Now communications is often useful, but would-be city planners may find that communication serves best when actually you have something useful to say in the first place. And this sort of software doesn't help with that.

If only they had seen their way clear to link a Grass GIS database to a web display in a two-way fashion, that might have been worthwhile because it would have provided synergy. Unfortunately, what they did does not provide synergy. Instead it partly reinvents the wheel (geographic layers) in a halfhearted and incompatible-with-existing-software fashion and it hogs the limelight. As a consequence I don't really see what this web display is good for.

Re:Little to no substance substance ... (1)

thogard (43403) | more than 5 years ago | (#26677945)

Grass doesn't do web well since it was it predates the web. When I quit working on it in 1987 it was still mostly FORTRAN but at that time lots of the C interface code was written by me. If you don't like what I did, feel free to rewrite it.

Re:Little to no substance substance ... (1)

golodh (893453) | more than 5 years ago | (#26680093)

I don't mind that Grass "doesn't do Web well". In fact I don't see the Web part as all that important. It's hip and nice to have, but not something I'd invest a huge amount of time in since it's of little use to me.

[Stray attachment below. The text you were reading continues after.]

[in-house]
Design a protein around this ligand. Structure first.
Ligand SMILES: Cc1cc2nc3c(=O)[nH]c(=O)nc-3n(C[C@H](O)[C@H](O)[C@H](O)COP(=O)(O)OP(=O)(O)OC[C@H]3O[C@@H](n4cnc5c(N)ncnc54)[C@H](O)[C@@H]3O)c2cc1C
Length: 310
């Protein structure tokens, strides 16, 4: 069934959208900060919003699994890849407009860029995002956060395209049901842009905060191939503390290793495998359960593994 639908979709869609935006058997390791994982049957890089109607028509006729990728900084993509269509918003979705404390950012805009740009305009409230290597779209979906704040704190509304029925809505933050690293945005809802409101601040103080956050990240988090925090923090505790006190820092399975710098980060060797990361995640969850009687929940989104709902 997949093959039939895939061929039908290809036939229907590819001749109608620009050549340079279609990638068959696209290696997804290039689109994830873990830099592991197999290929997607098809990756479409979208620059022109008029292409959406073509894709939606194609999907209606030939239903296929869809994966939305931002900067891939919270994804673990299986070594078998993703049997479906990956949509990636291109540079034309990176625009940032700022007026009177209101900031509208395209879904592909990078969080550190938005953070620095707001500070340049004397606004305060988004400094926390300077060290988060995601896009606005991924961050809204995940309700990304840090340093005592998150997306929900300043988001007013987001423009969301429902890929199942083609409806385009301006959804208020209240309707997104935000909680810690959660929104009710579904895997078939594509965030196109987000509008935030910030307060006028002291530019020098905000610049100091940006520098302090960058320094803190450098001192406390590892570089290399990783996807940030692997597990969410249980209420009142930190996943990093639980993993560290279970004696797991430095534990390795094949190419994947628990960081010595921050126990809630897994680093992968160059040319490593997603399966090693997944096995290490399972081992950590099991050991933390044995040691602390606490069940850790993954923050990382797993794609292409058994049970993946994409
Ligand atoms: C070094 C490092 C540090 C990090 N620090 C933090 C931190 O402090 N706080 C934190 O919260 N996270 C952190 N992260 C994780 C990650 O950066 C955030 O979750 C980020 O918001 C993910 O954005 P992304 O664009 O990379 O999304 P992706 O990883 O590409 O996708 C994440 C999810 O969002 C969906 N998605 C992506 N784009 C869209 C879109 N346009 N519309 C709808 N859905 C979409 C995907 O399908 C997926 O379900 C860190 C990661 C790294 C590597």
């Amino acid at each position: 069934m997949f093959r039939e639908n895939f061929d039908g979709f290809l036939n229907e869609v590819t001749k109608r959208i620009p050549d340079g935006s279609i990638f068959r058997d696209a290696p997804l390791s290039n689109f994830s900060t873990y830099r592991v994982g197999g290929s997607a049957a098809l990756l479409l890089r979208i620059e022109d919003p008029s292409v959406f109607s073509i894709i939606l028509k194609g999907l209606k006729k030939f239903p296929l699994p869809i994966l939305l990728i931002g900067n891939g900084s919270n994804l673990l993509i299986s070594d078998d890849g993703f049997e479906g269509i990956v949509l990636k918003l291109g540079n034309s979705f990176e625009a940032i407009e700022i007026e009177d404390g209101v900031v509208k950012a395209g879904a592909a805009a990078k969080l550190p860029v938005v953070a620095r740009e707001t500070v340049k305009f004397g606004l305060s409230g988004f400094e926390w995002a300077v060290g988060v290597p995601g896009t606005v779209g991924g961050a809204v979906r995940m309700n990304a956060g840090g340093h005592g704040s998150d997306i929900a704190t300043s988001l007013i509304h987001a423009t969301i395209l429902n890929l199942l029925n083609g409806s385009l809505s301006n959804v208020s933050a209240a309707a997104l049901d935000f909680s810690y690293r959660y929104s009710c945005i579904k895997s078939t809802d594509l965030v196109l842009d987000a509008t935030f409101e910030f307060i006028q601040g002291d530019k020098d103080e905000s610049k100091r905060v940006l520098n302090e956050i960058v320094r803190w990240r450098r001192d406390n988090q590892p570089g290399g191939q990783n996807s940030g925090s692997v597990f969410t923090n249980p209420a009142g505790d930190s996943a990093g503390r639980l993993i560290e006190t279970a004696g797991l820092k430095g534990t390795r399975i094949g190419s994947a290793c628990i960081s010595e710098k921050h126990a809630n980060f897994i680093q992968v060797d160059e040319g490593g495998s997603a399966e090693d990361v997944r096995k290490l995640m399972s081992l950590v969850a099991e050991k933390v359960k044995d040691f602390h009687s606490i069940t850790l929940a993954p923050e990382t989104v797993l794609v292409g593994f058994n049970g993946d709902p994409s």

That Grass "doesn't do Web well" could have been the focus of a project that can call Grass library functions to extract an image from a Grass database, provide windows onto it, display those windows, capture user input and store web-based scribbles in e.g. a new layer in a Grass database. That would have been useful for making data and model results accessible to a large public and capturing feedback.

Only, what we see now is Grass and an application that is not easily compatible with Grass, "does Web well", and little else.

No want to live in McCubical (0)

Anonymous Coward | more than 5 years ago | (#26681185)

I am sick of people who envision people being happy living in tightly-packed little boxes. I hate urbanized areas without front and back yards on the houses. Do you want to know why people use drugs? Do you want to know why people kill one another? Do you want to know why city people are always so stressed out? IT'S BECAUSE THERE ARE SO MANY OF US THAT WE CAN NO LONGER LIVE SANE LIVES IN OPEN SPACES WITH CLEAN AIR!!! I live in the country, I lived in the city. Cities should never have been allowed to grow as big as they have. People need space, food, clean water, and clean air. Those who want to make living areas more efficient" envision packing as many humans in as little space as possible. If you want to see a practical model of what they have in mind for you, go visit a kennel! The worst part is that they will expect you TO PAY TO LIVE LIKE KENNELED ANIMALS!!!!!!

Wage-slave in a box, just like everyone else...

-The Mgt

LimeBits another Mark Gorton open source site (1)

VastMoose (1466275) | more than 5 years ago | (#26682007)

Mark Gorton seems to be getting into another open source project too, LimeBits [limebits.com]. It says it's in alpha, but it's some sort of javascript website sharing exchange. It links to limelabs.com, a Gorton operation.